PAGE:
Many say finding a new job within 60 days is a tough task in the pandemic economy.
Sandeep Verma, who had been living and working in the US on an H-1B visa, was recently asked to leave his job by his employer. The mid-size technology firm stated its inability to retain him due to the ongoing pandemic.
Verma is in a precarious situation now as he can stay in the country for only 60 days to find a new job and have his new employer to transfer the visa. He has tried his best to find a new job, but as the end of the 60-day grace period approaches, he is getting restless.
“Finding a job in the middle of a pandemic is an almost impossible feat,” Verma said. “Also, at a time when most employers are down-sizing to cope up with the economic instability, hoping for a new employer who would be willing to transfer your visa is like asking for snow in Sahara!”
While a record number of Americans, across sectors of economy, have lost their jobs in the past 12 months due to Covid, Verma says those on work visa are doubly hit. He said, “Does anyone realize that H-1B holders do not qualify for unemployment benefits if they lose their jobs? We have families to feed too. Especially in the ongoing crisis how do we navigate finding jobs, finding sponsors or packing up and leaving back to our home countries? It is tough for all but doubly unfair on us.”
READ: With the economy in tailspin, H-1B visa holders living in fear (May 20, 2020)
With as many as 40 million Americans reporting job losses between last March and June, the country has seen unprecedented levels of economic hardship. However, immigration experts maintain that the situation has been even more dire for those on visas, as US citizens and permanent residents could get help in the form of unemployment benefits.
Nik Mehra, a Bay Area software professional who has been on a H-1B visa for past 5 years, said that the fear among his peers is real. “Unless we have a written contract, the US law gives the employer to terminate an H-1B worker anytime they may deem necessary,” he said. “I have been talking to people and ex colleagues to just weigh my chances in the job market, should this happen to me.”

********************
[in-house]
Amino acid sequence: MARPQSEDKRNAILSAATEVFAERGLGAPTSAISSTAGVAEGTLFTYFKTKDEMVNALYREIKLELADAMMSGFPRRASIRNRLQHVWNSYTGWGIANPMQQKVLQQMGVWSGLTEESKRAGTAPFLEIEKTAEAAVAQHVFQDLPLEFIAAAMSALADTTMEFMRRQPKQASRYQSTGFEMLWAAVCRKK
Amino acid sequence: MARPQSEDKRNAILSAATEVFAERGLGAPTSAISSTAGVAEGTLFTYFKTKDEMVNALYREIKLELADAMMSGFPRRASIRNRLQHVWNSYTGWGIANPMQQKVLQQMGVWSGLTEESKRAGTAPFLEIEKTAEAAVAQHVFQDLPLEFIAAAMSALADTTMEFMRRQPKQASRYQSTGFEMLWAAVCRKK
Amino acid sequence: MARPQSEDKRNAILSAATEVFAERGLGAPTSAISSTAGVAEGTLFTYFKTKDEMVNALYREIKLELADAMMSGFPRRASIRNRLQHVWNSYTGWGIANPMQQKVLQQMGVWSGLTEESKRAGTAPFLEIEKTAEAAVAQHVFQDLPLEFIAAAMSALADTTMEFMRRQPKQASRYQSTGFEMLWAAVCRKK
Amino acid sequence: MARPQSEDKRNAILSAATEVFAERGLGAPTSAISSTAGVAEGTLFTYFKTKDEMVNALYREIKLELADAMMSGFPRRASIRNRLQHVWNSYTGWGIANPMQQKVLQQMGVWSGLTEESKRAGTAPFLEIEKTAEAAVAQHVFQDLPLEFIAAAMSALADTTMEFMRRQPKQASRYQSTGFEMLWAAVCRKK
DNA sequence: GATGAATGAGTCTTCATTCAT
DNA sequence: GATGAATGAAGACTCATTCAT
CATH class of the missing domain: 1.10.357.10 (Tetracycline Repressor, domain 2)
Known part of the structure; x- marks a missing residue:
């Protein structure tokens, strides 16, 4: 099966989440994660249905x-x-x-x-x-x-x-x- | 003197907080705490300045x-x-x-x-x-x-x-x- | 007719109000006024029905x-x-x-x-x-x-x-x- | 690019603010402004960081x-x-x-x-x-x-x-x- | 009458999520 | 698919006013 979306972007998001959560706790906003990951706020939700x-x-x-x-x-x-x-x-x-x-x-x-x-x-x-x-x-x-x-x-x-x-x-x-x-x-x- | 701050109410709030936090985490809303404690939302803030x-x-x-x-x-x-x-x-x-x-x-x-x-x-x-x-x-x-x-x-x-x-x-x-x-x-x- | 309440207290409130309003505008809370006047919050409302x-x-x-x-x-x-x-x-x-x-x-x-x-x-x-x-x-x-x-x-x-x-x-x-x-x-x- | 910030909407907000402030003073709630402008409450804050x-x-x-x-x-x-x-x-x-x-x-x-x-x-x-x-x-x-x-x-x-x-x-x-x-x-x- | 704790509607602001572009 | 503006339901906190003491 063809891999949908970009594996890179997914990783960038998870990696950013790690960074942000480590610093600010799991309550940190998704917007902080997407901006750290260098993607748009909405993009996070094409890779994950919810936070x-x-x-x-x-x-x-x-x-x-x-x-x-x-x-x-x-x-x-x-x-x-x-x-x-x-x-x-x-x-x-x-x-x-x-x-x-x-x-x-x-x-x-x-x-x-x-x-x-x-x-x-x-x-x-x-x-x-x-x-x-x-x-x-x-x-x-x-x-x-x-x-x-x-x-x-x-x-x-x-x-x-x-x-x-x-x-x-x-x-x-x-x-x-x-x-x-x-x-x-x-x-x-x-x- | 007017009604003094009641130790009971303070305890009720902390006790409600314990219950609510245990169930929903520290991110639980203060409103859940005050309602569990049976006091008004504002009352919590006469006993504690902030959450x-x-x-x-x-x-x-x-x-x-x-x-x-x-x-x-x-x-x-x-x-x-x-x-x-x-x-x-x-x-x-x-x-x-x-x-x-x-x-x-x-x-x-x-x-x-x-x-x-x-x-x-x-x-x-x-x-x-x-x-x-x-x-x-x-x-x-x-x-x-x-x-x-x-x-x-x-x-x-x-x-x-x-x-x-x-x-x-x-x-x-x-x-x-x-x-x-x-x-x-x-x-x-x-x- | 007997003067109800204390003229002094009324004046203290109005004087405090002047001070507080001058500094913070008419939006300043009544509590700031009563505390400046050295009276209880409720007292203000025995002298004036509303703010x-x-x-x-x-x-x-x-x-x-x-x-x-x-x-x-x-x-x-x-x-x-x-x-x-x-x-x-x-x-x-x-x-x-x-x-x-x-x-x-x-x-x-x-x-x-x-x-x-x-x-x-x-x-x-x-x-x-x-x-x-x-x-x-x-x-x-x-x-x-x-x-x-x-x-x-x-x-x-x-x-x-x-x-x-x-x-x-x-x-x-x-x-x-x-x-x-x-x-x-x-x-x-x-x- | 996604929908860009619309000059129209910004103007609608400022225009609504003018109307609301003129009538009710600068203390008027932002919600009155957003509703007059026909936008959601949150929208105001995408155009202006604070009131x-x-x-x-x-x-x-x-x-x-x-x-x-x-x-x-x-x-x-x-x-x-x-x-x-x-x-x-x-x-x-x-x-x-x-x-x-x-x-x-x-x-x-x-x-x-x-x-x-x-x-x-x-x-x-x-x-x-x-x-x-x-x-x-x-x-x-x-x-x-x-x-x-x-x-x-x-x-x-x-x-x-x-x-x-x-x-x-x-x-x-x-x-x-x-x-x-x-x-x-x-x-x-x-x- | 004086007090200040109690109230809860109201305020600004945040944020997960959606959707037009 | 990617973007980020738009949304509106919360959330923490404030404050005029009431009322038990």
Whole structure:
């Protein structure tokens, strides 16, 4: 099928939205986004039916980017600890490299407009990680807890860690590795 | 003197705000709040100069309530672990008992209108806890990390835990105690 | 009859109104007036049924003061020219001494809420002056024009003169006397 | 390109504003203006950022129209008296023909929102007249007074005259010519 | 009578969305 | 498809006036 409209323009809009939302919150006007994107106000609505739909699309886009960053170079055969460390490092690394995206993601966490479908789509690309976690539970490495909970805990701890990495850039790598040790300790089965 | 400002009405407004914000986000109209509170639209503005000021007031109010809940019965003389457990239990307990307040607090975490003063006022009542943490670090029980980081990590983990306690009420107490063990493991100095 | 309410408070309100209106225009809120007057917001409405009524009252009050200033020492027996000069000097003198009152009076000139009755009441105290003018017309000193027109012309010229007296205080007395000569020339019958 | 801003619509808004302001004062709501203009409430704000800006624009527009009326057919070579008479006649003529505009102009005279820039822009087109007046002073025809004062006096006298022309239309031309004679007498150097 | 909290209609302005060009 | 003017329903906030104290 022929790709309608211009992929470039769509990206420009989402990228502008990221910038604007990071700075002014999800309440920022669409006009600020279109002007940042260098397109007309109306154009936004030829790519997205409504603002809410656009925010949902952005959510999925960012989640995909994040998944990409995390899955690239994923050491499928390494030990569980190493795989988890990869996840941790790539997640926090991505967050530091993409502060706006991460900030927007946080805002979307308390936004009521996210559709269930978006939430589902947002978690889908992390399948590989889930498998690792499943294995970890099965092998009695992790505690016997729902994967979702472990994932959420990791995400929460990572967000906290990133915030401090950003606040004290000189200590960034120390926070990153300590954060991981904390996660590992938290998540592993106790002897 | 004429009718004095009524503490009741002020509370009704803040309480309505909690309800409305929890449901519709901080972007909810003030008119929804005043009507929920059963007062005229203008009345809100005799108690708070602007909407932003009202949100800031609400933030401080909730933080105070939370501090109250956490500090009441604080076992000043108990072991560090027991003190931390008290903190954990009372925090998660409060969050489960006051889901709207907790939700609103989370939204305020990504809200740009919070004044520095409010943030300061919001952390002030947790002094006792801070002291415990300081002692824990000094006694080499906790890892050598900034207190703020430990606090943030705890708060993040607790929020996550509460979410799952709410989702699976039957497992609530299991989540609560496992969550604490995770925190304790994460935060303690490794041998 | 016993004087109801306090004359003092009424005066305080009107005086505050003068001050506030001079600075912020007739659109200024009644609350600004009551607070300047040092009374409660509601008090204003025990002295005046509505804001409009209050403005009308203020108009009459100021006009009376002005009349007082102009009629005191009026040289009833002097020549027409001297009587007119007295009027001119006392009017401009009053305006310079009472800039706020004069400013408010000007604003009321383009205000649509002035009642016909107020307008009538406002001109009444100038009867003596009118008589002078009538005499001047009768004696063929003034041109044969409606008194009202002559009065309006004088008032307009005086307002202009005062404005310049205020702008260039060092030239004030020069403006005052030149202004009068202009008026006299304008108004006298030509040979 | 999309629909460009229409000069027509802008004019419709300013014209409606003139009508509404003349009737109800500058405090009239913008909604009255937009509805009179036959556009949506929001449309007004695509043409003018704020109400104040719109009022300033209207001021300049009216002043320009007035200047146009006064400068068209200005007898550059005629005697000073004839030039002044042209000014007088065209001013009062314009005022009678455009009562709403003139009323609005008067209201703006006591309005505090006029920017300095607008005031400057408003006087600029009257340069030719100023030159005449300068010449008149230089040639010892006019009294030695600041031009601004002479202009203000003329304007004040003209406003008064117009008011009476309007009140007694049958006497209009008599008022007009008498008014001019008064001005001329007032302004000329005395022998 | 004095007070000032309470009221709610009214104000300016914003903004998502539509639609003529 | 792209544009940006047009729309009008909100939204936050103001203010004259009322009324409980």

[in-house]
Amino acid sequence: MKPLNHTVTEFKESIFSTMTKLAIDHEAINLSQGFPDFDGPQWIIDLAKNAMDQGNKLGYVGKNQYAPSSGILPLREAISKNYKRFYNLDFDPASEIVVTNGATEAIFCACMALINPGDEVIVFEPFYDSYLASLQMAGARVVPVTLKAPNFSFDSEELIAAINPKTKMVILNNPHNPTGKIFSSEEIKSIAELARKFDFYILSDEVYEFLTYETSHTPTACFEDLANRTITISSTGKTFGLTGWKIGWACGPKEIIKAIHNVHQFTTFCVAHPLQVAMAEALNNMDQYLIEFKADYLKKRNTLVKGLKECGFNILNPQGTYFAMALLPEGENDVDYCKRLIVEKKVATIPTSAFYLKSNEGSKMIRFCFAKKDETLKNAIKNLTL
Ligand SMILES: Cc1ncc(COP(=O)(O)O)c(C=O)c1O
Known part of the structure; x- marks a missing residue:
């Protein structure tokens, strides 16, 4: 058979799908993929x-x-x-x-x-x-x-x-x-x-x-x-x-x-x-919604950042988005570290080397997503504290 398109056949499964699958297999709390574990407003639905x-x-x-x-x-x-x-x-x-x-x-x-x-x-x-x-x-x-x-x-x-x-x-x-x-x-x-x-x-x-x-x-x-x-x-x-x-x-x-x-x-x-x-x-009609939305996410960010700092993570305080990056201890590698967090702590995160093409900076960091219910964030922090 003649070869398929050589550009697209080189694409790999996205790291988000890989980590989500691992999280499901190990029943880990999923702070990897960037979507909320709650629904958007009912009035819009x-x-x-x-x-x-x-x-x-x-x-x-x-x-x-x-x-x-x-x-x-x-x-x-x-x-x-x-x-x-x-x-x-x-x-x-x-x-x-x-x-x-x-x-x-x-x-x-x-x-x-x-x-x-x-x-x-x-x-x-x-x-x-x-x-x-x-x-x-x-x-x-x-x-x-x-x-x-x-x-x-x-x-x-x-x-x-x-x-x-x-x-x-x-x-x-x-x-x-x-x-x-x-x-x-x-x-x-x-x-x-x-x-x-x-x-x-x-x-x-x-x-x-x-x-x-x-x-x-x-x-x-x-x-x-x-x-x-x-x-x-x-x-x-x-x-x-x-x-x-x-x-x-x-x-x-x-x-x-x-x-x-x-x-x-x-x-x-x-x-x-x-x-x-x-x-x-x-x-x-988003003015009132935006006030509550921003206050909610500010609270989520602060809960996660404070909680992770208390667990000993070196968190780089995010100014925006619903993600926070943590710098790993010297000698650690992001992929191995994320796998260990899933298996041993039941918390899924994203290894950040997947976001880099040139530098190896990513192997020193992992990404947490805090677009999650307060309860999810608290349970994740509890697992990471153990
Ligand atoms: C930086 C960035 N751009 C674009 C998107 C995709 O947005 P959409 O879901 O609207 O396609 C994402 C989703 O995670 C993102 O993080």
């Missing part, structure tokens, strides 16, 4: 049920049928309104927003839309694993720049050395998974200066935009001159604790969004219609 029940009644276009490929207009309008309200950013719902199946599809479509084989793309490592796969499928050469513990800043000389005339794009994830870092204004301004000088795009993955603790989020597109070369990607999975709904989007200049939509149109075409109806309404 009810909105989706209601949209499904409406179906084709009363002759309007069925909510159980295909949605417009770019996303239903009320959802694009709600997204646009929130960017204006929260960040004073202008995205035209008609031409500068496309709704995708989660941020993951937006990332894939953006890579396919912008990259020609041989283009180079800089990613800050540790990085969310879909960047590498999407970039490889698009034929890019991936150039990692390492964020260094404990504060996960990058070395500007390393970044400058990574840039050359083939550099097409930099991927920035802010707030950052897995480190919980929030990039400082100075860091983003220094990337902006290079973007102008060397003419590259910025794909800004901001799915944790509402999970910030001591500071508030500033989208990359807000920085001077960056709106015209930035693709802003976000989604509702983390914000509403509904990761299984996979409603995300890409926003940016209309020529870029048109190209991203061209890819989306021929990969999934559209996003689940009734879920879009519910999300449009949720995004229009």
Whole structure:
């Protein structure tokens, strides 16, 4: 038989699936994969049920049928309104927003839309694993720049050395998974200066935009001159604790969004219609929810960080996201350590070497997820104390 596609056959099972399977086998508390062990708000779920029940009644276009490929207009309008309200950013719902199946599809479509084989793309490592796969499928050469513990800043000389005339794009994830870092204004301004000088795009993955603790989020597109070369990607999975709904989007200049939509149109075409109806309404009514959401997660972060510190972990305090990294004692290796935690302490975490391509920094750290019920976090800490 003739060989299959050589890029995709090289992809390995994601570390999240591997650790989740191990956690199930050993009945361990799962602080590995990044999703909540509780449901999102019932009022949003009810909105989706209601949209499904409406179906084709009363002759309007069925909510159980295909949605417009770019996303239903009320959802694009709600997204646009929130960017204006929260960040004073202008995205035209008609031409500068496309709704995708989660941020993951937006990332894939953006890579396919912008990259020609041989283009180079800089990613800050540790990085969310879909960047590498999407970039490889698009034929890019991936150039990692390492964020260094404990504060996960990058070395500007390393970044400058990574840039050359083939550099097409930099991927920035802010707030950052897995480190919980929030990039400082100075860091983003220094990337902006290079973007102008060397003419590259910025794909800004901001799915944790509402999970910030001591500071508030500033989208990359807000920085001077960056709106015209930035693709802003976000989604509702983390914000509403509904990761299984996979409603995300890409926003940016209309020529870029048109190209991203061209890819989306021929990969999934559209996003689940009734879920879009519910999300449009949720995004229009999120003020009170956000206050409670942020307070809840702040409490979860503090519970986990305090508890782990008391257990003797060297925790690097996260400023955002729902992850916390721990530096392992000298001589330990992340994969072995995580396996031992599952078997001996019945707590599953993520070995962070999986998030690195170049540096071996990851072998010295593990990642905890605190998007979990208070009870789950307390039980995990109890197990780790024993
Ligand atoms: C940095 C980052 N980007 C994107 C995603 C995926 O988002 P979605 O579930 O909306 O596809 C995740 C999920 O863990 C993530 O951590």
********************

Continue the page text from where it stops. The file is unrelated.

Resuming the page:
A large number of H-1B visa holders are now urging the Biden administration, which had promised immigration and work visa reforms, to consider extending the H-1B grace period from the current 60 days to a few more months.
“H-1B workers constitute a huge chunk in the tech force,” said Sudeep U, who is on H-1B. “H-1B workers are getting laid off and we just get 2 months to find a job and an employer who will transfer the visa which in the middle of the pandemic becomes difficult. Also H-1B workers are not eligible for unemployment benefits. We have a family, too. I want to request the government to at least extend our grace period for a year or find some other solution.”
He added, “Every other country is giving some sort of relief to those who live and work there. We cannot leave in between all of this.”
READ: H-1B community bracing for job losses, uncertain future in the wake of Covid-19 economic meltdown (April 7, 2020 )
Immigration lawyers agree that finding a new job and transferring the visa within two months is difficult, given the current employment scene. But many point out that to hope for an extension when there are so many other H-1B issues to tackle seems like a dream. There are already speculations on whether Biden would rescind the Trump ban on new work visas come March 31.
“Biden should at least allow the H-1B ban to lapse on March 31 even though he does not rescind it before the date,” immigration attorney Cyrus Mehta said. “Although it would be powerful if he affirmatively rejects the ban any time from now till March 31.”
Another issue is the massive backlog, which only swelled during the Trump era. The Biden administration is yet to address the issue, even as dependents of H-1B visa holders continue to complain about their work permit delays.
“If we were to rate the priority of extending the H-1B grace period, I would say it would be on the lowest low of Biden’s long list of immigration issues he needs to handle currently,” an immigration consultant who works on the West Coast told the American Bazaar on condition of anonymity.
(Some names in the story are changed on request.)